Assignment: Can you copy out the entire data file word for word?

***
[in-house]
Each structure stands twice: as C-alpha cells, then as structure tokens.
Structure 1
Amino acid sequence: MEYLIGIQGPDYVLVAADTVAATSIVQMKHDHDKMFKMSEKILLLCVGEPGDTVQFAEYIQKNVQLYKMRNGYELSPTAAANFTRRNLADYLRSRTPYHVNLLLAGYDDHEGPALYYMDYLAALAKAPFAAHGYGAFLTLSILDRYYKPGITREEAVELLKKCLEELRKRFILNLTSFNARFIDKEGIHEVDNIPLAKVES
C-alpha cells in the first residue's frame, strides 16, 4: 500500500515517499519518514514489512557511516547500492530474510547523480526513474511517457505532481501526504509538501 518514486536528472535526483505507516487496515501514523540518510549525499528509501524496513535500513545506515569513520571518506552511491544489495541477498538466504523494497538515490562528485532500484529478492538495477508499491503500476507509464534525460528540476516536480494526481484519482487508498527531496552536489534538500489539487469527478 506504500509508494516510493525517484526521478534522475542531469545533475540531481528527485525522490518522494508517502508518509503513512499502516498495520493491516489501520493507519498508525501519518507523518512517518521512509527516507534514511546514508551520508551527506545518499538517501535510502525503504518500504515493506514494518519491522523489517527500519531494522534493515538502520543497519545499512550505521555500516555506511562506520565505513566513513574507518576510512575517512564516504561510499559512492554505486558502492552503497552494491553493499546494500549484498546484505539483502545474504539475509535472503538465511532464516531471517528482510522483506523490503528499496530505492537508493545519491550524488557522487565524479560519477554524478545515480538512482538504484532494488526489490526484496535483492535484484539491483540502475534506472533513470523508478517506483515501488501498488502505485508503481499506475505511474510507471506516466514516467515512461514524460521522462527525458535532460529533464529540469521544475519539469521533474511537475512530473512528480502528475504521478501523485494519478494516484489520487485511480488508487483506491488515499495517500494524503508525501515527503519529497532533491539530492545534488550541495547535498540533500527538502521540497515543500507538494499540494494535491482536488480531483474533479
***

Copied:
[in-house]
Each structure stands twice: as C-alpha cells, then as structure tokens.
Structure 1
Amino acid sequence: MEYLIGIQGPDYVLVAADTVAATSIVQMKHDHDKMFKMSEKILLLCVGEPGDTVQFAEYIQKNVQLYKMRNGYELSPTAAANFTRRNLADYLRSRTPYHVNLLLAGYDDHEGPALYYMDYLAALAKAPFAAHGYGAFLTLSILDRYYKPGITREEAVELLKKCLEELRKRFILNLTSFNARFIDKEGIHEVDNIPLAKVES
C-alpha cells in the first residue's frame, strides 16, 4: 500500500515517499519518514514489512557511516547500492530474510547523480526513474511517457505532481501526504509538501 518514486536528472535526483505507516487496515501514523540518510549525499528509501524496513535500513545506515569513520571518506552511491544489495541477498538466504523494497538515490562528485532500484529478492538495477508499491503500476507509464534525460528540476516536480494526481484519482487508498527531496552536489534538500489539487469527478 506504500509508494516510493525517484526521478534522475542531469545533475540531481528527485525522490518522494508517502508518509503513512499502516498495520493491516489501520493507519498508525501519518507523518512517518521512509527516507534514511546514508551520508551527506545518499538517501535510502525503504518500504515493506514494518519491522523489517527500519531494522534493515538502520543497519545499512550505521555500516555506511562506520565505513566513513574507518576510512575517512564516504561510499559512492554505486558502492552503497552494491553493499546494500549484498546484505539483502545474504539475509535472503538465511532464516531471517528482510522483506523490503528499496530505492537508493545519491550524488557522487565524479560519477554524478545515480538512482538504484532494488526489490526484496535483492535484484539491483540502475534506472533513470523508478517506483515501488501498488502505485508503481499506475505511474510507471506516466514516467515512461514524460521522462527525458535532460529533464529540469521544475519539469521533474511537475512530473512528480502528475504521478501523485494519478494516484489520487485511480488508487483506491488515499495517500494524503508525501515527503519529497532533491539530492545534488550541495547535498540533500527538502521540497515543500507538494499540494494535491482536488480531483474533479